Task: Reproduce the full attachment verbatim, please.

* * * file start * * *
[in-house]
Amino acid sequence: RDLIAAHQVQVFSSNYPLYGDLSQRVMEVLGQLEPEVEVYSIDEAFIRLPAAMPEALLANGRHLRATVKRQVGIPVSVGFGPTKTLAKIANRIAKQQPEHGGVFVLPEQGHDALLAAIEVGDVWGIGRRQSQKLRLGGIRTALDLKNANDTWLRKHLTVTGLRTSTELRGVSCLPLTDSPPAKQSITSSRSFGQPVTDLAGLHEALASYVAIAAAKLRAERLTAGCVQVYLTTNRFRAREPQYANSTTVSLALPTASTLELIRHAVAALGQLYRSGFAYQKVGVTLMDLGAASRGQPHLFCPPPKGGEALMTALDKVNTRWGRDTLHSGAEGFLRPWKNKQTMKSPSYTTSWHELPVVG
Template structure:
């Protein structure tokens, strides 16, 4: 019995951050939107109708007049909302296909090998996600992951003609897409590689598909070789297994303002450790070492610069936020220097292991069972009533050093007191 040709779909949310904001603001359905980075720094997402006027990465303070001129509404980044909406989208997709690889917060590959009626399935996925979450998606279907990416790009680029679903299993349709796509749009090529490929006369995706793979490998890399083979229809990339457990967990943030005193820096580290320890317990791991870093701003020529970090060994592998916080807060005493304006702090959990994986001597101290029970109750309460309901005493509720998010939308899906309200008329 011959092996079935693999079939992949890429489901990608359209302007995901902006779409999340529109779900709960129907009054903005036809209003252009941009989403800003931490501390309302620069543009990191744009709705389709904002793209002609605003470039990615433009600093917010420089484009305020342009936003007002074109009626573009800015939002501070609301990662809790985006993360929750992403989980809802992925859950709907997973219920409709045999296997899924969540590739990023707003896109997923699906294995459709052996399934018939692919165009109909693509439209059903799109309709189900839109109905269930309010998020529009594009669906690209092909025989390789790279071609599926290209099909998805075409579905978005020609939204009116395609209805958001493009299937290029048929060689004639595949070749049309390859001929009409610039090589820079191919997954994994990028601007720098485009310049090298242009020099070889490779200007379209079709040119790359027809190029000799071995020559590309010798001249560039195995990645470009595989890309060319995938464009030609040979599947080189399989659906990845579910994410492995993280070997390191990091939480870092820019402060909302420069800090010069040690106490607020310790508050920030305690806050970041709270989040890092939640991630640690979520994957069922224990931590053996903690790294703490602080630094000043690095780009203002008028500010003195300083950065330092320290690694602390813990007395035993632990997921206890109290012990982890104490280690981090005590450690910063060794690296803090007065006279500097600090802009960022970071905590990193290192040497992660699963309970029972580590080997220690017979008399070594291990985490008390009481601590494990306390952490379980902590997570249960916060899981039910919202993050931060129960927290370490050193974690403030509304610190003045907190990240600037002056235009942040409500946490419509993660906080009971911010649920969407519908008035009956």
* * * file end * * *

[in-house]
Amino acid sequence: RDLIAAHQVQVFSSNYPLYGDLSQRVMEVLGQLEPEVEVYSIDEAFIRLPAAMPEALLANGRHLRATVKRQVGIPVSVGFGPTKTLAKIANRIAKQQPEHGGVFVLPEQGHDALLAAIEVGDVWGIGRRQSQKLRLGGIRTALDLKNANDTWLRKHLTVTGLRTSTELRGVSCLPLTDSPPAKQSITSSRSFGQPVTDLAGLHEALASYVAIAAAKLRAERLTAGCVQVYLTTNRFRAREPQYANSTTVSLALPTASTLELIRHAVAALGQLYRSGFAYQKVGVTLMDLGAASRGQPHLFCPPPKGGEALMTALDKVNTRWGRDTLHSGAEGFLRPWKNKQTMKSPSYTTSWHELPVVG
Template structure:
């Protein structure tokens, strides 16, 4: 019995951050939107109708007049909302296909090998996600992951003609897409590689598909070789297994303002450790070492610069936020220097292991069972009533050093007191 040709779909949310904001603001359905980075720094997402006027990465303070001129509404980044909406989208997709690889917060590959009626399935996925979450998606279907990416790009680029679903299993349709796509749009090529490929006369995706793979490998890399083979229809990339457990967990943030005193820096580290320890317990791991870093701003020529970090060994592998916080807060005493304006702090959990994986001597101290029970109750309460309901005493509720998010939308899906309200008329 011959092996079935693999079939992949890429489901990608359209302007995901902006779409999340529109779900709960129907009054903005036809209003252009941009989403800003931490501390309302620069543009990191744009709705389709904002793209002609605003470039990615433009600093917010420089484009305020342009936003007002074109009626573009800015939002501070609301990662809790985006993360929750992403989980809802992925859950709907997973219920409709045999296997899924969540590739990023707003896109997923699906294995459709052996399934018939692919165009109909693509439209059903799109309709189900839109109905269930309010998020529009594009669906690209092909025989390789790279071609599926290209099909998805075409579905978005020609939204009116395609209805958001493009299937290029048929060689004639595949070749049309390859001929009409610039090589820079191919997954994994990028601007720098485009310049090298242009020099070889490779200007379209079709040119790359027809190029000799071995020559590309010798001249560039195995990645470009595989890309060319995938464009030609040979599947080189399989659906990845579910994410492995993280070997390191990091939480870092820019402060909302420069800090010069040690106490607020310790508050920030305690806050970041709270989040890092939640991630640690979520994957069922224990931590053996903690790294703490602080630094000043690095780009203002008028500010003195300083950065330092320290690694602390813990007395035993632990997921206890109290012990982890104490280690981090005590450690910063060794690296803090007065006279500097600090802009960022970071905590990193290192040497992660699963309970029972580590080997220690017979008399070594291990985490008390009481601590494990306390952490379980902590997570249960916060899981039910919202993050931060129960927290370490050193974690403030509304610190003045907190990240600037002056235009942040409500946490419509993660906080009971911010649920969407519908008035009956």